Force Application During Handcycling and Handrim Wheelchair Propulsion: An Initial Comparison

in Journal of Applied Biomechanics
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The aim of the study was to evaluate the external applied forces, the effectiveness of force application and the net shoulder moments of handcycling in comparison with handrim wheelchair propulsion at different inclines. Ten able-bodied men performed standardized exercises on a treadmill at inclines of 1%, 2.5% and 4% with an instrumented handbike and wheelchair that measured three-dimensional propulsion forces. The results showed that during handcycling significantly lower mean forces were applied at inclines of 2.5% (P < .001) and 4% (P < .001) and significantly lower peak forces were applied at all inclines (1%: P = .014, 2.5% and 4%: P < .001). At the 2.5% incline, where power output was the same for both devices, total forces (mean over trial) of 22.8 N and 27.5 N and peak forces of 40.1 N and 106.9 N were measured for handbike and wheelchair propulsion. The force effectiveness did not differ between the devices (P = .757); however, the effectiveness did increase with higher inclines during handcycling whereas it stayed constant over all inclines for wheelchair propulsion. The resulting peak net shoulder moments were lower for handcycling compared with wheelchair propulsion at all inclines (P < .001). These results confirm the assumption that handcycling is physically less straining.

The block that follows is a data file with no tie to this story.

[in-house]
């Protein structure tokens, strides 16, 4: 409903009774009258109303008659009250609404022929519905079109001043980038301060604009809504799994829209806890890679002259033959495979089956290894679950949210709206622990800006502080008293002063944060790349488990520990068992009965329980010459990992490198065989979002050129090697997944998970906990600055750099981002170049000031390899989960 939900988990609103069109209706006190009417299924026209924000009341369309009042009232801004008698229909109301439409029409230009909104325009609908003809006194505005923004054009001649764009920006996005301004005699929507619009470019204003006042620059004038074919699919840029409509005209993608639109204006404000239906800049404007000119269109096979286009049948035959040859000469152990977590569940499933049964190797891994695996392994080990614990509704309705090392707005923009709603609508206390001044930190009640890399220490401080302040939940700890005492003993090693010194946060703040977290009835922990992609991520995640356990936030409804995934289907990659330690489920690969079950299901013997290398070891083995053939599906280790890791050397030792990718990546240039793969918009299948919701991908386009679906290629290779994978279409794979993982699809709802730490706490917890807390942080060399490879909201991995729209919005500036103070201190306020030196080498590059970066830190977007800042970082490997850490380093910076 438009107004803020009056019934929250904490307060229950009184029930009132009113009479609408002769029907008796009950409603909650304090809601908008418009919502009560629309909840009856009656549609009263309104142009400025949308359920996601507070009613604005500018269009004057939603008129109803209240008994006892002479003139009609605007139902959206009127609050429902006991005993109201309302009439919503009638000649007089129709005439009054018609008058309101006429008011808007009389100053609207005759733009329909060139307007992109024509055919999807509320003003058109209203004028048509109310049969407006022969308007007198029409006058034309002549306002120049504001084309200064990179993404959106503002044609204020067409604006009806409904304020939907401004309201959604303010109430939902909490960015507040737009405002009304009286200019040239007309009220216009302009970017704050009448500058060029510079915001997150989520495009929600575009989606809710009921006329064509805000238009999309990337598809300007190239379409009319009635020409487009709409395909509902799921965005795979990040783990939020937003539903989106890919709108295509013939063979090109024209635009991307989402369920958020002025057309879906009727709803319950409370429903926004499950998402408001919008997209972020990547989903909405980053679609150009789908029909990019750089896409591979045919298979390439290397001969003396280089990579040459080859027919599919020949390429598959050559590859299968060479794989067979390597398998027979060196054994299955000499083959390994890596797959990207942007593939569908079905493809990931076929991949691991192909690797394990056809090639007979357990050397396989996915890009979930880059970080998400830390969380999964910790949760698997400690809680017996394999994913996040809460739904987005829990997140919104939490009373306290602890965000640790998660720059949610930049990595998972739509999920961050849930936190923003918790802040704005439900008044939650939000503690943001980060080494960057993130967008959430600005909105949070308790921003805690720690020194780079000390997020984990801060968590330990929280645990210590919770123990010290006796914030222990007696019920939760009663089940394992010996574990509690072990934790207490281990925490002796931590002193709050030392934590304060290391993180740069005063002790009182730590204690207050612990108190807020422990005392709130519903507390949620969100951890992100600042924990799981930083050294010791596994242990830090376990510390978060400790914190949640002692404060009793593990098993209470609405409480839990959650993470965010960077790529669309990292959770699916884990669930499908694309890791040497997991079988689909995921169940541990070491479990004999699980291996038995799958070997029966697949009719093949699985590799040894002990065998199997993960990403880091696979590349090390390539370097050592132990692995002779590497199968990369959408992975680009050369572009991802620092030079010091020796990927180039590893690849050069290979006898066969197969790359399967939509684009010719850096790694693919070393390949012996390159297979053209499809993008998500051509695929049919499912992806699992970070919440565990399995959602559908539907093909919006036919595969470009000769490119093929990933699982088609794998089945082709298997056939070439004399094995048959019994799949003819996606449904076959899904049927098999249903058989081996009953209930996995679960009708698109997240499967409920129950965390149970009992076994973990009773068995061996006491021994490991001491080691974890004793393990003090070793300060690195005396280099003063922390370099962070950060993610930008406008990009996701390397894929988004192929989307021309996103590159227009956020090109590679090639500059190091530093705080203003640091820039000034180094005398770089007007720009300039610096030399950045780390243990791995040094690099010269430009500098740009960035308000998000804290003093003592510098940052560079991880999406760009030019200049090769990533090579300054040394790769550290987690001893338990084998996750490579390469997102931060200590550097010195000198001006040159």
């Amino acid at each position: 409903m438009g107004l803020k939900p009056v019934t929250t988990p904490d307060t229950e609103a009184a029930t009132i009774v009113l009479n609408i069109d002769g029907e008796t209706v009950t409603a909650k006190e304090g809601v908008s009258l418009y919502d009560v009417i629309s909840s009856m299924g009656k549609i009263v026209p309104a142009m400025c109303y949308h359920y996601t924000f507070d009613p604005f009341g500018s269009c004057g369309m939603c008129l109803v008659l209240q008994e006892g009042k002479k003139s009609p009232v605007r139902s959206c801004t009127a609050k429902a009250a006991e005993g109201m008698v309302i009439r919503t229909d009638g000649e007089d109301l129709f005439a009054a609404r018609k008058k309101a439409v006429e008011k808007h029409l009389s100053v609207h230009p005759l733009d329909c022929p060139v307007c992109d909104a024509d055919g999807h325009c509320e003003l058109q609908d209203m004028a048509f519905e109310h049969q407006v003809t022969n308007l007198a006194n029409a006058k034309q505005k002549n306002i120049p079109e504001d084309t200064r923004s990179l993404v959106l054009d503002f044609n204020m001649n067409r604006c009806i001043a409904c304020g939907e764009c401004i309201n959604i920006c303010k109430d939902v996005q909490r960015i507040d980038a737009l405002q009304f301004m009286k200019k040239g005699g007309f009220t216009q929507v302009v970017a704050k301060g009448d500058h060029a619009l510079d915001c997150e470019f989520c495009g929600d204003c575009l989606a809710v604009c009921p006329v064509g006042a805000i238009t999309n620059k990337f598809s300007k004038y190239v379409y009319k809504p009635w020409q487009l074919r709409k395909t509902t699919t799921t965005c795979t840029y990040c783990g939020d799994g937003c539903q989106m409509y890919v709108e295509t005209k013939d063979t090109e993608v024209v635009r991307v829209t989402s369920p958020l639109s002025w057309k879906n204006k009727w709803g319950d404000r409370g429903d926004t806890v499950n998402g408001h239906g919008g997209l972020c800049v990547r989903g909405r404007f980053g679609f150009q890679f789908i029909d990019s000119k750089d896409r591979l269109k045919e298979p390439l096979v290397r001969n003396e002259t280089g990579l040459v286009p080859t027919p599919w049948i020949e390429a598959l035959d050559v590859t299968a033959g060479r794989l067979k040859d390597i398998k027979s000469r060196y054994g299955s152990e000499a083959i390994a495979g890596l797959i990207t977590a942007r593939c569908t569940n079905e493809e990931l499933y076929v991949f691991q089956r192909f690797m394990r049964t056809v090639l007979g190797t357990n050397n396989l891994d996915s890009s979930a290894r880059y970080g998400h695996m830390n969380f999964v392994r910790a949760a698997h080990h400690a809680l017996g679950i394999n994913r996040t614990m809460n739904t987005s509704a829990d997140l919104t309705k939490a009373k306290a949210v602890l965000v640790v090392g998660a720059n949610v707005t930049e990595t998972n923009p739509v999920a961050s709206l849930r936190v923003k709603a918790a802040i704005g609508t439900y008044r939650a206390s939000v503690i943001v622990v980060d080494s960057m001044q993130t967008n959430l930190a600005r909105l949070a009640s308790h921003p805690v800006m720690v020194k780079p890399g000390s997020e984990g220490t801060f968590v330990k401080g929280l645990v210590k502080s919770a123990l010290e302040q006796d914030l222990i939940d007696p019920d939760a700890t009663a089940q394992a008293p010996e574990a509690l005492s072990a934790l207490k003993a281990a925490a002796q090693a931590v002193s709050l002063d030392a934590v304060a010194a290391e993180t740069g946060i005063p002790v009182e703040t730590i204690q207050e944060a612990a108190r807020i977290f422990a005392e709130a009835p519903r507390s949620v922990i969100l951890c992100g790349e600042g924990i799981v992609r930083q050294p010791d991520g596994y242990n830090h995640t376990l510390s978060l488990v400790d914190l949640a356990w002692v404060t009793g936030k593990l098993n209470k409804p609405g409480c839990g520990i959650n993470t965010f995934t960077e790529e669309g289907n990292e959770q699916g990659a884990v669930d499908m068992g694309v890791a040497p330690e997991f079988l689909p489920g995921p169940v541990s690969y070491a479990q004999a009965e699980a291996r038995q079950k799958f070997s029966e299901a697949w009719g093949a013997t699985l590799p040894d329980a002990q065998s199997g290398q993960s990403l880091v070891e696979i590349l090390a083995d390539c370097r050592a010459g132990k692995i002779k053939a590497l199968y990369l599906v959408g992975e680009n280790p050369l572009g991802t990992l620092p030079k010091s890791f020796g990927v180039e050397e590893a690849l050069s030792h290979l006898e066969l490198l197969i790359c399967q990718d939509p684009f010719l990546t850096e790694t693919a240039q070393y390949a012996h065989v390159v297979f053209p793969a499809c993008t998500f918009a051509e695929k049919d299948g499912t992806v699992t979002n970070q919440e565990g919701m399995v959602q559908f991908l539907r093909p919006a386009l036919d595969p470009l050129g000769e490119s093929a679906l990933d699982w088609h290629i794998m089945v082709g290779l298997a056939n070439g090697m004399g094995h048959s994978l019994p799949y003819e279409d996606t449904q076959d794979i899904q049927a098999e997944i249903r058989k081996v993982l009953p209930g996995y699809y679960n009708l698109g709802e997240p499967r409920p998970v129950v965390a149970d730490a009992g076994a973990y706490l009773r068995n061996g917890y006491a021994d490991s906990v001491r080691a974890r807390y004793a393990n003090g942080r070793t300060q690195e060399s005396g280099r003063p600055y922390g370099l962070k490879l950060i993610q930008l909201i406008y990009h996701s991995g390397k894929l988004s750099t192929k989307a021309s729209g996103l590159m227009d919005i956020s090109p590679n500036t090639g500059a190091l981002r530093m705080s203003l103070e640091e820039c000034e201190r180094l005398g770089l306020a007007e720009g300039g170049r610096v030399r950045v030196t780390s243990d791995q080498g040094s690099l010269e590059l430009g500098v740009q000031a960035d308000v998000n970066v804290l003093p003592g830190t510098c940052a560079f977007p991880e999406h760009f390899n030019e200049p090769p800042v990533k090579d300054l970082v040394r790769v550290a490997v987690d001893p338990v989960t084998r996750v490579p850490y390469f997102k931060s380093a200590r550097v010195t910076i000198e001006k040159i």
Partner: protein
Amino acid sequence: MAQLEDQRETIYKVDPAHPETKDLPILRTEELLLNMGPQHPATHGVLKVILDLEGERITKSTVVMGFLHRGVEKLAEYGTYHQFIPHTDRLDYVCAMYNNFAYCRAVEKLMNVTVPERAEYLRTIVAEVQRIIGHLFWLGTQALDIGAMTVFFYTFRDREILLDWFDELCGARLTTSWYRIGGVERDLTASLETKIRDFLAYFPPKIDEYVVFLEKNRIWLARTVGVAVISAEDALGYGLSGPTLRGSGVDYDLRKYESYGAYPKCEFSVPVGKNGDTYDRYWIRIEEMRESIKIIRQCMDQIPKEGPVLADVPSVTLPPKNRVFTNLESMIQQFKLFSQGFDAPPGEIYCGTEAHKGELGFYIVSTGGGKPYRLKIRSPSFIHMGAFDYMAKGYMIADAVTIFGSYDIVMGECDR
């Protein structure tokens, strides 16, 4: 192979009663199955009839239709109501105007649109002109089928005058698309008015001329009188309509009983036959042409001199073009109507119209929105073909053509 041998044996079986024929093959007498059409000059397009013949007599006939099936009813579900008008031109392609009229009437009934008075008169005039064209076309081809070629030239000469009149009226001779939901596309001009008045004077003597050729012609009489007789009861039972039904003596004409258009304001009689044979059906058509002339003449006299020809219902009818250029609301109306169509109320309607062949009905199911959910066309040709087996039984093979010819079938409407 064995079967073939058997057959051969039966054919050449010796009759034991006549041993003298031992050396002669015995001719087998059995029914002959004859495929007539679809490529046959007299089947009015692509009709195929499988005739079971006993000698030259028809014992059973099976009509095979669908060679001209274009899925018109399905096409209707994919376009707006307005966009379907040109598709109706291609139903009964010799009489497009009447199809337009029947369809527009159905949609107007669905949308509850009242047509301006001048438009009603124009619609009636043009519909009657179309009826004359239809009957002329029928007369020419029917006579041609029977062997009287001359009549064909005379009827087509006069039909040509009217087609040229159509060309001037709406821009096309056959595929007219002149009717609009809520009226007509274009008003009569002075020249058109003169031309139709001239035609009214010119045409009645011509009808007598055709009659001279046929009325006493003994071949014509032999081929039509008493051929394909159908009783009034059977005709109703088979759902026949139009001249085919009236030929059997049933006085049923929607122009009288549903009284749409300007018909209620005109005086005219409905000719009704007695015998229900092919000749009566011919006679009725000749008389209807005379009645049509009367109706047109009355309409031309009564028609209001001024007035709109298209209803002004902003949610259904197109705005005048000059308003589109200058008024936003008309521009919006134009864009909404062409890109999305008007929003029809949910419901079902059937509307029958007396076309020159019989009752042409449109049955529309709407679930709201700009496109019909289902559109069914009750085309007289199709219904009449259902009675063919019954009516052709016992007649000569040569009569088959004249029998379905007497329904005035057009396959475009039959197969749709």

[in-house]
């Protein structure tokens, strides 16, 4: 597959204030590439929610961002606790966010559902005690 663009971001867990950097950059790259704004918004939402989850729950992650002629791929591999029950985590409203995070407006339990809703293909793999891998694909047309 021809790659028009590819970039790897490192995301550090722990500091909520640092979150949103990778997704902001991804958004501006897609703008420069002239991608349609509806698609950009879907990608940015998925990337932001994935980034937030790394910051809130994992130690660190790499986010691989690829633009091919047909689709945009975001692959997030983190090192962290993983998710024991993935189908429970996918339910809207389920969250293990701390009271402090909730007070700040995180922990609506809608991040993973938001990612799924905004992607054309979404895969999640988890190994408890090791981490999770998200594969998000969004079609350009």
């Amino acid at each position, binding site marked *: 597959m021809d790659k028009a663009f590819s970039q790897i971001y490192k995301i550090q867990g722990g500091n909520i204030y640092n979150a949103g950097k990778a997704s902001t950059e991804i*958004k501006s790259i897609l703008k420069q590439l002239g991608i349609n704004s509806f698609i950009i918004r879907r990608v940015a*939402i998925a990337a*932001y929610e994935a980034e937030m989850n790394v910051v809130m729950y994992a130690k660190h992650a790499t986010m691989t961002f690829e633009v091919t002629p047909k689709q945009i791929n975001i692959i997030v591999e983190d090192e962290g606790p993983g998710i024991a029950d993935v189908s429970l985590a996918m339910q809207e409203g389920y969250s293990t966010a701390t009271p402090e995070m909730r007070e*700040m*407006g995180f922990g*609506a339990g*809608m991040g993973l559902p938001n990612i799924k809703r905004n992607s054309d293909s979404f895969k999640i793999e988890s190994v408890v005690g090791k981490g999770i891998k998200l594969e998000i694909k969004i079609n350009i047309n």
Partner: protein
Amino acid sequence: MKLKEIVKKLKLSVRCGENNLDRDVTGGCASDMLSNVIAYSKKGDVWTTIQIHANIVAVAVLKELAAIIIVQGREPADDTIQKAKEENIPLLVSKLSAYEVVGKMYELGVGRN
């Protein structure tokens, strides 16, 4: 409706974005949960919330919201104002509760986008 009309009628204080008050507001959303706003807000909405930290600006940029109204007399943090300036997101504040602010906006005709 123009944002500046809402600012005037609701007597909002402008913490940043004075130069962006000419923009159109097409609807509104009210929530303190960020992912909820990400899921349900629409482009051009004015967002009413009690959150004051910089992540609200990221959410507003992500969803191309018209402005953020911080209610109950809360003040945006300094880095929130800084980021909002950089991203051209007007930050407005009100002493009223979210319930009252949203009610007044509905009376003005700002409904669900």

Ursina Arnet (Corresponding Author) and Stefan van Drongelen are each with Swiss Paraplegic Research, Nottwil, Switzerland, and with Research Institute MOVE, Faculty of Human Movement Sciences, VU University Amsterdam, The Netherlands. DirkJan (H. E. J.) Veeger is with Research Institute MOVE, Faculty of Human Movement Sciences, VU University Amsterdam, The Netherlands, and with the Department of Mechanical, Maritime and Materials Engineering, Delft University of Technology, The Netherlands. Lucas H. V. van der Woude is with the Center for Human Movement Sciences and Center for Rehabilitation, University Medical Center Groningen, University of Groningen, Groningen, The Netherlands.